Fresh Off the Boat, the Huang family comedy that Eddie Huang refuses to support, reached a level place on Miracle on Dead Street. While based upon the memoirs of Huang, the network’s decision to make it into Everybody Hates Chris but with a family from Taiwan clearly does not set well with the restauranteur. Regardless of Eddie’s dislike of the show, it is moving into solidly funny territory, although many of the youthful cast members let the side down.
Randall Park gives a solid performance as the guy trying to live the American suburban dream. Constance Wu is warming up a bit in this Halloween themed episode and it has to be said that the excitement felt by the father Louis, is real thing for those who have never experienced “first-hand” the juvenile world of trick or treat.
American’s either forget, or take for granted, the age-old custom of going from house to house as, Randall Park’s character puts it, “someone else.” The comedy from his character’s level in the episode works brilliantly. The “flashback” where Louis is dressed up like a KISS band-member and throws candy at passer’s by below his brownstone window is funny.
The young actors who play the Huang children all acquit themselves very well. The gag of Hannibal Lector and Silence of the Lambs, treated and delivered as a throw-a-way joke, was beyond priceless. These child actors, which is, perhaps, an outdated term, do well with their parts and the lines as written.
Hudson Yang, Forrest Wheeler and Ian Chen kill it. They are infinitely believable when they act, there are no “dead” lines or awkward deliveries. Mad props to the boy who wants to go as the Traveling Wilburys, he sells it, not once, but twice. Sadly not all the young actors on the show are as skilled at their craft.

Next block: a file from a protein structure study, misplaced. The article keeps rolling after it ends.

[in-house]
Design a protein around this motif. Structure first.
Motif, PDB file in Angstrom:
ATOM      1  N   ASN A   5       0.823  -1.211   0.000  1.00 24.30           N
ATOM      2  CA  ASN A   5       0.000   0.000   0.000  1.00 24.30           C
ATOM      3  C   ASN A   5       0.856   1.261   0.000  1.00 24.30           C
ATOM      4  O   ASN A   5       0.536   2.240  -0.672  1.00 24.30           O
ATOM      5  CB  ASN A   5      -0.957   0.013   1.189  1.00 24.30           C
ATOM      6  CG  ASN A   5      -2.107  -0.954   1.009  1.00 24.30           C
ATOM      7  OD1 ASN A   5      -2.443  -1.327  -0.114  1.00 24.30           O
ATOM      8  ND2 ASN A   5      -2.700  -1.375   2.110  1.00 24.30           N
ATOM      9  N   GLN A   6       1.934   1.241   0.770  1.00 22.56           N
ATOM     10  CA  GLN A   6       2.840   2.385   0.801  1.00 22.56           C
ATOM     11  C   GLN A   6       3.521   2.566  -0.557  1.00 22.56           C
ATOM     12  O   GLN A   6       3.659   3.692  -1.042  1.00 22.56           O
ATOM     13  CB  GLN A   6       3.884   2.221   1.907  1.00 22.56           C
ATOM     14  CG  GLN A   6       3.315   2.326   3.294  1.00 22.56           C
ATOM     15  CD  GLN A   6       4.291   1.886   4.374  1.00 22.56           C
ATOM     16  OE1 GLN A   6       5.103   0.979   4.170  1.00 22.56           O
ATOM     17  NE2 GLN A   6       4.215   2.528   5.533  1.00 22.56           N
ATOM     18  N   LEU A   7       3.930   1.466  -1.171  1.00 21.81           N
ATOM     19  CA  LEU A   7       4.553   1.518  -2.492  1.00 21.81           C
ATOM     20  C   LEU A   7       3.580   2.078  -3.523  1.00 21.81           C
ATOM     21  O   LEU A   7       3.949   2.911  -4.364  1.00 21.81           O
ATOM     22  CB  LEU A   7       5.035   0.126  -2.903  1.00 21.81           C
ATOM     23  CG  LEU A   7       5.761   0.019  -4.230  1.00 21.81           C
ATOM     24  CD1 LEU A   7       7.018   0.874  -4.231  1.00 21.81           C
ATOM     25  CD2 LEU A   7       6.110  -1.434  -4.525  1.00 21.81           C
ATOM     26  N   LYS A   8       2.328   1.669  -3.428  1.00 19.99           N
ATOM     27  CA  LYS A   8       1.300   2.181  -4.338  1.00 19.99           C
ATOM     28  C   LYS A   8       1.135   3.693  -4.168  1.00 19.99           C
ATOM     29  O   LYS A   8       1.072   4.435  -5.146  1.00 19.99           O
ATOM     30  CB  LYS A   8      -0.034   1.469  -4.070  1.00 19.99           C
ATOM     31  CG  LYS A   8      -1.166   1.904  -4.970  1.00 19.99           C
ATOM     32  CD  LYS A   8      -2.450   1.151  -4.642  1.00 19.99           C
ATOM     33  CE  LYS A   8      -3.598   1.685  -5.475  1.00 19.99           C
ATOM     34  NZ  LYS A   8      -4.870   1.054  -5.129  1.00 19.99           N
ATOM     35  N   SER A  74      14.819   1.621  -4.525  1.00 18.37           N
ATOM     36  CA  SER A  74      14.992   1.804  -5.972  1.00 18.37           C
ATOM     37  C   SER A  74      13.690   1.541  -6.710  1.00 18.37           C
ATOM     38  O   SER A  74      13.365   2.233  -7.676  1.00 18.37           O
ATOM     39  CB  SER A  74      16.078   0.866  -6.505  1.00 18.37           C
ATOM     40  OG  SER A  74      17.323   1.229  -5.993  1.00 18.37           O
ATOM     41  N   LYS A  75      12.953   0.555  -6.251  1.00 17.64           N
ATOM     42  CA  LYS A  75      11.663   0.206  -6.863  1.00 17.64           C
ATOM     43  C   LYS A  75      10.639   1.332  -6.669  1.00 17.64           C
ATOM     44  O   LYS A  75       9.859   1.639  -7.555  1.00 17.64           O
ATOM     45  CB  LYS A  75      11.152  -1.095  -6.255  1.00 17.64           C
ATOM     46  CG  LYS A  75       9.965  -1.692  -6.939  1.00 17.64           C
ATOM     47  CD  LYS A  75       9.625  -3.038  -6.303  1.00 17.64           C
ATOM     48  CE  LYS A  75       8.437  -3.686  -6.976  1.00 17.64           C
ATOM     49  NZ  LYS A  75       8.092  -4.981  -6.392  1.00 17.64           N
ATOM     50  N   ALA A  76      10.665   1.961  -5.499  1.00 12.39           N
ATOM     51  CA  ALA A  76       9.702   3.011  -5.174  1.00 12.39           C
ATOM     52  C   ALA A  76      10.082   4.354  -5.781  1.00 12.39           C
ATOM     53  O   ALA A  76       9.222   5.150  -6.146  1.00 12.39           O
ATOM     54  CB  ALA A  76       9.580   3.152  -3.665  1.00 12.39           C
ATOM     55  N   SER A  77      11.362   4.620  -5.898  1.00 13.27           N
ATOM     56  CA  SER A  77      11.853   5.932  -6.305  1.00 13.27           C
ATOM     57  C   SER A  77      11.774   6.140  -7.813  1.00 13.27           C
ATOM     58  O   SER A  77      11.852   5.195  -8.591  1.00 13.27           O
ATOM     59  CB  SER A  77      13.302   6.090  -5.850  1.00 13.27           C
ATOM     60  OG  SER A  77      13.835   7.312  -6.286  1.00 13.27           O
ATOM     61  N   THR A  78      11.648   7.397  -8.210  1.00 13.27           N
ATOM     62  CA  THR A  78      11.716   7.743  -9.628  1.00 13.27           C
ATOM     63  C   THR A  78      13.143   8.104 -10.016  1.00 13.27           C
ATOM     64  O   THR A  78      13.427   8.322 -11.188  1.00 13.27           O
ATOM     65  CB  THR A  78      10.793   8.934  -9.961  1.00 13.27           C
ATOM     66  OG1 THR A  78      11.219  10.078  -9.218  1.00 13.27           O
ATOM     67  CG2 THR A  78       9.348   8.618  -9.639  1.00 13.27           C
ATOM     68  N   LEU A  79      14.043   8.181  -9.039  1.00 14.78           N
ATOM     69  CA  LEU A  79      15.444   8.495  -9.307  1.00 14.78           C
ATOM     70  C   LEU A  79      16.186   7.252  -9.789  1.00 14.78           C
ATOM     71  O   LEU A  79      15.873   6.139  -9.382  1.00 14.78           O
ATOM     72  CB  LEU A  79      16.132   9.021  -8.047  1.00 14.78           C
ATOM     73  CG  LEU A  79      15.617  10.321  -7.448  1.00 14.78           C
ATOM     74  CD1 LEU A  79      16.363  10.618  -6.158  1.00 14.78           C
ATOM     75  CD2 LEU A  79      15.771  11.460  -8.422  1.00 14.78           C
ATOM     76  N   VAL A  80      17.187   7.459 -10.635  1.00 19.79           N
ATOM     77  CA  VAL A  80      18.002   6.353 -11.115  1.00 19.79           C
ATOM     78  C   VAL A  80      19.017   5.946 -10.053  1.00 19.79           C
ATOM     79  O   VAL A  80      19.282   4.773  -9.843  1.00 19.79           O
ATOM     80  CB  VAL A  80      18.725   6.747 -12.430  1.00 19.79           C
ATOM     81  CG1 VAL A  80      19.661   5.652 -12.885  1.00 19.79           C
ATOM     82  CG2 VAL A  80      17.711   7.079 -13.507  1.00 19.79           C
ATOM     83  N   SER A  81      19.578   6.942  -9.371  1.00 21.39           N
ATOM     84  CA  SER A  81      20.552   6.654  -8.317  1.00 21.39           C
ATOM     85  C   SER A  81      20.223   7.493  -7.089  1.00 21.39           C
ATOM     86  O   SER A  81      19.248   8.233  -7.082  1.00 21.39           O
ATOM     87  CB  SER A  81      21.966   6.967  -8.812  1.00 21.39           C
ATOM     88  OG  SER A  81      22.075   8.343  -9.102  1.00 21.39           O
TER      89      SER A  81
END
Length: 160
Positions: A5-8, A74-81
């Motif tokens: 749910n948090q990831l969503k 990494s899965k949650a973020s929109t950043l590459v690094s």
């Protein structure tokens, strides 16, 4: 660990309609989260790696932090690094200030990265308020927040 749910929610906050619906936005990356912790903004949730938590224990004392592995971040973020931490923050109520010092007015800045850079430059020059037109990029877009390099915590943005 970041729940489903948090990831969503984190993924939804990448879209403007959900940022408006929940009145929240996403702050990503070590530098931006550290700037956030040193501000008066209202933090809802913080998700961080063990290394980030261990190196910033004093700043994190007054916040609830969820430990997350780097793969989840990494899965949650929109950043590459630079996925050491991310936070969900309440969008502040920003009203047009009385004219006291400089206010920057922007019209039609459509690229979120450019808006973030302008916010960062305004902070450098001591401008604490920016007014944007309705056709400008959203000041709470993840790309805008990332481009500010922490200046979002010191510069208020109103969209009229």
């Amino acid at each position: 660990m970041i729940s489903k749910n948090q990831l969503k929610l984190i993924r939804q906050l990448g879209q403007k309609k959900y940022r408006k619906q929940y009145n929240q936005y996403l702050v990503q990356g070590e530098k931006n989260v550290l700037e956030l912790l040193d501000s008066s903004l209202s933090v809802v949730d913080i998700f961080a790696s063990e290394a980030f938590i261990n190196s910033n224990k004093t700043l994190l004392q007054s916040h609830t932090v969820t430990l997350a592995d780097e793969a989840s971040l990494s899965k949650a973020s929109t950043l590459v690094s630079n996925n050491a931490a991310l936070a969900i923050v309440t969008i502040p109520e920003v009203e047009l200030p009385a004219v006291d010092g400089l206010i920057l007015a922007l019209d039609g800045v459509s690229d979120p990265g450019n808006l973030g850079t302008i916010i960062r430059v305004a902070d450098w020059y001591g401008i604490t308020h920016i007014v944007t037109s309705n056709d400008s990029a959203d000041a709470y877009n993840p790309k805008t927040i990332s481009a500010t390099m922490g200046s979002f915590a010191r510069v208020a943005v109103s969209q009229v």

Fresh Off the Boat airs sans the benefit of a studio audience. Looking at the show’s rankings on IMDb, this seems to be working. The theme of “fish out of water” or the outsider relishing all things American is solid and allows Park to shine.
The only other draw back of the show is how Constance Wu as Mrs. Huang is portrayed, but, as with the episodes themselves, her character is growing to become that bit more “likable.” As with Lucille Soong, who plays Grandma Huang, it is taking a little time to get used to the actor’s performance which may be down to the writer’s having trouble finding the two female characters’ voice.
The series is popular enough that ABC have ordered a full 22 episode second season. Another ABC sitcom to be given a boost is Dr. Ken, the network’s second Asian comedy program. The series, co-created by Ken Jeong, has been given an order for a further “back nine.” Each sitcom has its own comedic merits and both are funny despite have two very different production values and delivery systems.
Fresh Off the Boat is a series that doubles as a sort of time machine. Taking place back in the 1990’s and telling the tale of a Taiwanese family learning to “fit in” to their new country’s customs and traditions as well as learning how the suburbs differ from their urban background. These types of scenarios are good for comedy and tragedy so it is no surprise that the comic angle has been chosen.
Eddie Huang is still not enamored with the version of his life that ABC has chosen to air. The author and restauranteur has stated that he understands that comedy is generated by pain but that he hates what the network have done. Perhaps Huang could accept it if he was more into comedy as a trade rather than law, food and restaurants. Chris Rock’s Everybody Hates Chris, is based upon his childhood, which the comic says was not overly great either, but Rock turned his kid hood pathos into comedy, but then that is Chris’s specialty…Comedy.
Fresh Off the Boat is funny and the Halloween episode Miracle on Dead Street is the best installment of the show thus far. Randall Park is the undisputed star of the show and, just as he almost stole the entire film The Interview, from co-stars Franco and Rogen, when he is in front of the camera he just kills it. The series airs Tuesdays on ABC. Tune in and prepare to laugh, as well as cringe a little. Well worth watching this show, despite what Eddie Huang thinks…Sorry Eddie.